How to Travel Europe, or Who is This Schengen Guy?

Overlooking the entrance to the ancient city of Pompeii

Overlooking the entrance to the ancient city of Pompeii

When Florence and I developed our Six Monther plan of living in a different country every six months, we listed all the countries in which we were interested in living.

The Ponte de Vecchio in Florence, Italy.

The Ponte de Vecchio in Florence, Italy.

We came up with a list of twenty countries, and we achieved a couple of general objectives. First, we would set foot on every continent. Second, we would be seeing much of the world before we are too old to be as active as we would like in our travels. (I am 63, Florence is 53.)

Our bucket list of countries includes a number of European Union member countries. As we researched the visa requirements for these EU countries, we came across a law unique for travelers to the EU called the Schengen Visa.

View of Vulcano from the Aeolian Island of Lipari

View from the Aeolian Island of Lipari

The Schengen Visa is an entry permit issued by an embassy or consulate of any member country.  To facilitate a more convenient immigration procedure, the Schengen states have abolished passport and immigration controls at their common borders.  This single visa is now all that is required to enter any member country.

Here is where it gets confusing, because there are twenty-six Schengen states and twenty-seven EU member countries (with Croatia slated to join in July, 2013). Two EU members are not Schengen, the United Kingdom and Ireland. Norway and Iceland are not part of the European Union, but are part of the Schengen area.
Note: Do not try to remember all of this because membership in both the EU and the Schengen Alliance keeps changing.

Horse sculpture near Agrigento, Sicily

Horse sculpture near Agrigento, Sicily

The point of this is that a tourist visa in the UK is good for 180 days, which works great for our Six Monther plan. However, Schengen Visas are valid for only 90 days. Also, we cannot use a strategy of leaving the EU for a few days on some side trip and then return to a Schengen country and start a new 90 day clock. The Schengen Visa only permits travel for 90 days within any 180 day period. Thus, after 90 days we would have to exit for at least 90 more days before a new 180 day clock would start.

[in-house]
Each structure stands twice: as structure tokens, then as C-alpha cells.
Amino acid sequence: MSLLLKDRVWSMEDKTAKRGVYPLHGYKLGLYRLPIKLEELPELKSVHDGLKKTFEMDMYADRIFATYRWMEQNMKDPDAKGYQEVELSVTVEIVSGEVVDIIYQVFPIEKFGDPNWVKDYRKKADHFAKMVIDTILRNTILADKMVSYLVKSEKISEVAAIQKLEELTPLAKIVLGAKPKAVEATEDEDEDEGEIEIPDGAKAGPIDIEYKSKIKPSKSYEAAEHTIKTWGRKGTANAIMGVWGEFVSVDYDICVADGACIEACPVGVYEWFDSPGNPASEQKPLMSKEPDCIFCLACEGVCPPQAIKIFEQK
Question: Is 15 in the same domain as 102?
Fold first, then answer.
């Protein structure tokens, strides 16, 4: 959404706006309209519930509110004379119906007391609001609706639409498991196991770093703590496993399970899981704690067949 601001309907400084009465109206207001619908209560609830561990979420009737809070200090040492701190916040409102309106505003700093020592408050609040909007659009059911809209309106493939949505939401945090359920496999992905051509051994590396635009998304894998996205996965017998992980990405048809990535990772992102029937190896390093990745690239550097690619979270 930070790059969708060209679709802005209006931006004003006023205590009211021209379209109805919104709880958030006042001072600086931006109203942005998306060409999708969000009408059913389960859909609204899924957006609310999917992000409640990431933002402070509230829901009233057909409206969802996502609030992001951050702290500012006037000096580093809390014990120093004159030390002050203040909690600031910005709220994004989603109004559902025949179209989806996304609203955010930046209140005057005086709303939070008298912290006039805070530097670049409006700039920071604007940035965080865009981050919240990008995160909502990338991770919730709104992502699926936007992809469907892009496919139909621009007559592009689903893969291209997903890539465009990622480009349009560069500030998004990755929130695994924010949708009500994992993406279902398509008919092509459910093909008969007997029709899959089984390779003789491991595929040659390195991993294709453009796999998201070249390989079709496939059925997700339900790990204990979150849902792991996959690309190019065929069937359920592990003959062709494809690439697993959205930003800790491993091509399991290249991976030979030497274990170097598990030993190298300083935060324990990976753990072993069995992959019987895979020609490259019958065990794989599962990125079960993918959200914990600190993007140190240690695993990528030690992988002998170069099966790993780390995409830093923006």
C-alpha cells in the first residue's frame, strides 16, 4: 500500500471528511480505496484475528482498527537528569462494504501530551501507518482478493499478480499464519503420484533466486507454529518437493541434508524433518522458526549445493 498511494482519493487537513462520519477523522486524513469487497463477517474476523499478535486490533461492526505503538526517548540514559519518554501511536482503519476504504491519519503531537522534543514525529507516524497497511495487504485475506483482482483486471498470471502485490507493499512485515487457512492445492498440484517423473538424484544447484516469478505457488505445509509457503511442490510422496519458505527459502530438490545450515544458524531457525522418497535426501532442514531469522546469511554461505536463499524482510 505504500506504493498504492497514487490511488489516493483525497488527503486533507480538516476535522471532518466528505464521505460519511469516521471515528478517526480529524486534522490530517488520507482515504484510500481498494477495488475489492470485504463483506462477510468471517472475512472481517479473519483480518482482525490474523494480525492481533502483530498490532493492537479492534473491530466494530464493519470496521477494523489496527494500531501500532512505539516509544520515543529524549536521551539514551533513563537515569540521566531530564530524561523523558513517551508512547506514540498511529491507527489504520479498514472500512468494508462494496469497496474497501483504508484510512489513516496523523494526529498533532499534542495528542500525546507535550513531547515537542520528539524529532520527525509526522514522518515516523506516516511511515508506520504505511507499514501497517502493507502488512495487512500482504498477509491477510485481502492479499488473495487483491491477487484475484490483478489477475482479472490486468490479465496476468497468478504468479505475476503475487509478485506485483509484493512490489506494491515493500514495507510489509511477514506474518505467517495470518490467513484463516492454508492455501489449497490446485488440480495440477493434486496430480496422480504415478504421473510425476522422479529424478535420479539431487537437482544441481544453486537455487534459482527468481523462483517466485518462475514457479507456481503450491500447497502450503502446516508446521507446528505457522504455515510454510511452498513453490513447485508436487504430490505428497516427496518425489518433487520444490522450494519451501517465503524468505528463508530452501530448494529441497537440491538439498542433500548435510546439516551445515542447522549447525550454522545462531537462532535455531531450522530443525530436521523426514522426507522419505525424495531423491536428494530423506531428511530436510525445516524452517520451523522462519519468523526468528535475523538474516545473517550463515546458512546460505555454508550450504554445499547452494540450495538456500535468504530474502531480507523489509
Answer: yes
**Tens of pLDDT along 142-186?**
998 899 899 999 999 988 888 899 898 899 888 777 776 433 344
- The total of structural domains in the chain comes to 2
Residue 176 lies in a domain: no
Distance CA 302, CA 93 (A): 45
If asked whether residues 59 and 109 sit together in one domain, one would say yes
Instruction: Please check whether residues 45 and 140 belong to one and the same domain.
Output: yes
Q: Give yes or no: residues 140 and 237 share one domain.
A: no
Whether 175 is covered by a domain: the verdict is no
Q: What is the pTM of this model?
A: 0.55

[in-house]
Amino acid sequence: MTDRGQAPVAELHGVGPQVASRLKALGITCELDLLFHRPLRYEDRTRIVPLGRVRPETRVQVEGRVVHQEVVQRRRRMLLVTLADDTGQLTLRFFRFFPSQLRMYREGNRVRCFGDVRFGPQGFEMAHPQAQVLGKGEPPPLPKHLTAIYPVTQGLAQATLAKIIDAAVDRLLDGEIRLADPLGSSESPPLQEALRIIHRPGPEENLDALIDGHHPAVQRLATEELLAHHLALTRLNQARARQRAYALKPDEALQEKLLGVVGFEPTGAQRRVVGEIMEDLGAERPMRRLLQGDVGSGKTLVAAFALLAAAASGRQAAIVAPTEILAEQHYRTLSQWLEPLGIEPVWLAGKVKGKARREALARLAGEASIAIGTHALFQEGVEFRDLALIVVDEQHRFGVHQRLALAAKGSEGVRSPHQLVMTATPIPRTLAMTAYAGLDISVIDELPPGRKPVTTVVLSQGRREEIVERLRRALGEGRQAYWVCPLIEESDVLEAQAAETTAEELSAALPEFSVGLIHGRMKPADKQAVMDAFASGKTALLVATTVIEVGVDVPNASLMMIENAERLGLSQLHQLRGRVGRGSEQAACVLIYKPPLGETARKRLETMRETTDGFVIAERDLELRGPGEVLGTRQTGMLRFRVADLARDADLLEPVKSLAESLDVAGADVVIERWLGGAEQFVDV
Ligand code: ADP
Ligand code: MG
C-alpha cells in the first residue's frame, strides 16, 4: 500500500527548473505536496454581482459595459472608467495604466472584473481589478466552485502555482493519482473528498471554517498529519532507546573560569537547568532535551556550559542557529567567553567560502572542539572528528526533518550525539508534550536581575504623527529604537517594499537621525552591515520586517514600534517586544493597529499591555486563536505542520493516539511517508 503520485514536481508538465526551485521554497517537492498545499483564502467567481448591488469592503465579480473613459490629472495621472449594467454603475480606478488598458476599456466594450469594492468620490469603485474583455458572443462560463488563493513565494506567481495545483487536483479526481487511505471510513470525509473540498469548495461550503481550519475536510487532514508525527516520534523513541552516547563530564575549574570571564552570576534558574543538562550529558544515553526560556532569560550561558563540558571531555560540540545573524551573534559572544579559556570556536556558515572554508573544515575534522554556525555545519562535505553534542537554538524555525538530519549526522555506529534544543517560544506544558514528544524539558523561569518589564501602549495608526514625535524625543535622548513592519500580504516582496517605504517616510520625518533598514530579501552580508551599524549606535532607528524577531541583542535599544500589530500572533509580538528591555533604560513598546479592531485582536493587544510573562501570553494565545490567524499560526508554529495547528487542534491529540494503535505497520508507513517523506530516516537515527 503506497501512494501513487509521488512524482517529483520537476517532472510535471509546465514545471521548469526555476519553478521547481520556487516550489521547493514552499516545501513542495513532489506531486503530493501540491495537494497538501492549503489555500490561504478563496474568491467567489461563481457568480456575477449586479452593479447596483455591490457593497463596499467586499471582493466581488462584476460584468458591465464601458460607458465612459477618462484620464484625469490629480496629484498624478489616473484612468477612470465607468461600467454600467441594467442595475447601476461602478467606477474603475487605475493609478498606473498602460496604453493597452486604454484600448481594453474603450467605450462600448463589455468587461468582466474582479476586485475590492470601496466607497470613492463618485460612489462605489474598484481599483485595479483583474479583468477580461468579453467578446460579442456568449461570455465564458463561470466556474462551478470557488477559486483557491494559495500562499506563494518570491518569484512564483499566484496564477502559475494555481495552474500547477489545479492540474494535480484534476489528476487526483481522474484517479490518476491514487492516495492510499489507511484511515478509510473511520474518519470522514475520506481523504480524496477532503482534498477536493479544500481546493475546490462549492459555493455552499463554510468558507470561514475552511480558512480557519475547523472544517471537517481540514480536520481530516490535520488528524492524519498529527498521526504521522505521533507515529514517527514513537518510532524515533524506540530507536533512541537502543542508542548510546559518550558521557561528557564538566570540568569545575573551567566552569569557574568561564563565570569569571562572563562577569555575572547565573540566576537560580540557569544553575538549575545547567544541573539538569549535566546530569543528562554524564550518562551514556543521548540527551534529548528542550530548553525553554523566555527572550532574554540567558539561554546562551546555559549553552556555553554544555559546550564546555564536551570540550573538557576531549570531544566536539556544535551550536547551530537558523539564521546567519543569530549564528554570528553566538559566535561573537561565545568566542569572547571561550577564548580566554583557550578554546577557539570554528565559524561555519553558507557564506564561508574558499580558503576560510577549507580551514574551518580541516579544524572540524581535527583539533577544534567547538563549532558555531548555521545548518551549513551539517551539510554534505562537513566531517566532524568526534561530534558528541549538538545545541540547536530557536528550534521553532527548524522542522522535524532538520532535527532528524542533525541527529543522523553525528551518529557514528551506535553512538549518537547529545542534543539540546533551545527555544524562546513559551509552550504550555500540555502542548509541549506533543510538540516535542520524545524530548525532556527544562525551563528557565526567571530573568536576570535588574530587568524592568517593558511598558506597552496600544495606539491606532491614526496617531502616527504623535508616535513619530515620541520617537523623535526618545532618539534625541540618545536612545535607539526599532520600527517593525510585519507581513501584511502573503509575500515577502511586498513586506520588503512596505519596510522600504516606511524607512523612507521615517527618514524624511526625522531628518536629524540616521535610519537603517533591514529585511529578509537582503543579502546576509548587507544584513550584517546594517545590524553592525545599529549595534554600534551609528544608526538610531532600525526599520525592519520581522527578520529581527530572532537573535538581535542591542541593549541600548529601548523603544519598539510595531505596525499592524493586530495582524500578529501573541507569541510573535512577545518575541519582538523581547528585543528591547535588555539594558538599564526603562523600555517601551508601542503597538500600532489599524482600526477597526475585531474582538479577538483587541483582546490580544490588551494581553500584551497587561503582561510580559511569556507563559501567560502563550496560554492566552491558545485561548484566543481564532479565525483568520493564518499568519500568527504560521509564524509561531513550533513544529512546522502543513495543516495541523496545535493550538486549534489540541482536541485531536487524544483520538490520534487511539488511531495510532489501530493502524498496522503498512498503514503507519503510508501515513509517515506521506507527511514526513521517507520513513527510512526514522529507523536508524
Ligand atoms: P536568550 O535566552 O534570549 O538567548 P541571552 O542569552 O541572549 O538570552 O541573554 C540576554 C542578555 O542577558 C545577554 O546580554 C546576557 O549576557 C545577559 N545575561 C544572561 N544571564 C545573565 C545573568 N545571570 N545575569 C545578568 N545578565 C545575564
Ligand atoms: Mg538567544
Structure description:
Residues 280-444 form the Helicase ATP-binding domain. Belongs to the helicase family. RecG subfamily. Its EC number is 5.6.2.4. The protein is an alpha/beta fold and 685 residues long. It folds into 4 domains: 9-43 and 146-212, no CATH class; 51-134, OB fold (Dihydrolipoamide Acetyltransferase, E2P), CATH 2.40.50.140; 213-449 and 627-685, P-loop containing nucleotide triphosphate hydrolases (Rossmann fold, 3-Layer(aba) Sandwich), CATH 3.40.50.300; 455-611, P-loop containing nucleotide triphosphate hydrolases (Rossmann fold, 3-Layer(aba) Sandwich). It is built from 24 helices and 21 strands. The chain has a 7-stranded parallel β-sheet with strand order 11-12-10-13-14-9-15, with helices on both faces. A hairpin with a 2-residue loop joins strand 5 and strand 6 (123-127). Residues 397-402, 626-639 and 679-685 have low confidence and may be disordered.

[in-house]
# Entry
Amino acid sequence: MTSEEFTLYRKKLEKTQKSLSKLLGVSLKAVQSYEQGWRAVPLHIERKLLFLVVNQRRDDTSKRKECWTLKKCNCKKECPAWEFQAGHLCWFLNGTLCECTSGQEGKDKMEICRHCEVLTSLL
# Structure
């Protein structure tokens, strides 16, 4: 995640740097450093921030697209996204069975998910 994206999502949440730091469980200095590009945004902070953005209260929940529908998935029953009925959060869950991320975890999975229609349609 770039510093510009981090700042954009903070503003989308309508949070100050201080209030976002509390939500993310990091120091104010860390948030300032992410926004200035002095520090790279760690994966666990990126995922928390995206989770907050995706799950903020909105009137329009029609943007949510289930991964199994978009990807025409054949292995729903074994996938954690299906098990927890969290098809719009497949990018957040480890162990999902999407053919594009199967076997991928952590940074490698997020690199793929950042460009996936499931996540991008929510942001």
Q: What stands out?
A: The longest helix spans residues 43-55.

The Dual Citizenship Option

Church in Taormina, Sicily

St. Rosalia Church below Tindiri, Sicily

This leads to our strategy of obtaining dual citizenship with Italy for which we are eligible due to Florence’s Sicilian roots. This is a detailed process with a number of bureaucratic hoops to jump through. It is precisely this bureaucratic process that may force us to revise our travel schedule as we await approval.

If you are considering international travel beyond a vacation getaway, you should investigate your eligibility for dual citizenship. There are many benefits. First, you gain access to the same set of opportunities in two different countries including voting rights, purchasing property, and access to education and social services.

Florence in Pisa

Florence in Pisa

You will also have two valid passports which, in some cases, will provide ease of travel and lower reciprocity fees for entry into foreign countries. In addition, once you obtain dual citizenship, it stays in your family. You can pass it along to your children, a gift for which they will no doubt thank you someday.

Dual citizenship eligibility can be obtained through birth right, marriage, and naturalization. If you know your parents’ or grandparents’ ethnic history, it may be to your benefit to investigate the citizenship laws of their country of origin. Who knows what doors it may open for you?

living in Mexico

If the Tooth Hurts…

photo credit:

photo credit:

On our last day in Panama as we were waiting for our plane to Mexico City, I bit into a hard candy and broke a tooth. It was the first molar, top right – or to borrow from the technical terminology of the dentistry profession, tooth #14.

dentistI cannot fault the hard candies of Panama, which are actually quite yummy. This dental fracture was an accident waiting to happen. The filling in this tooth was probably 40 years old, and as you will learn as you get older, nothing lasts forever. I knew I was going to need a crown for this broken tooth. I have a few of those already, so I know from experience what is involved. Armed with this knowledge I did the logical thing. I put off going to the dentist for as long as possible.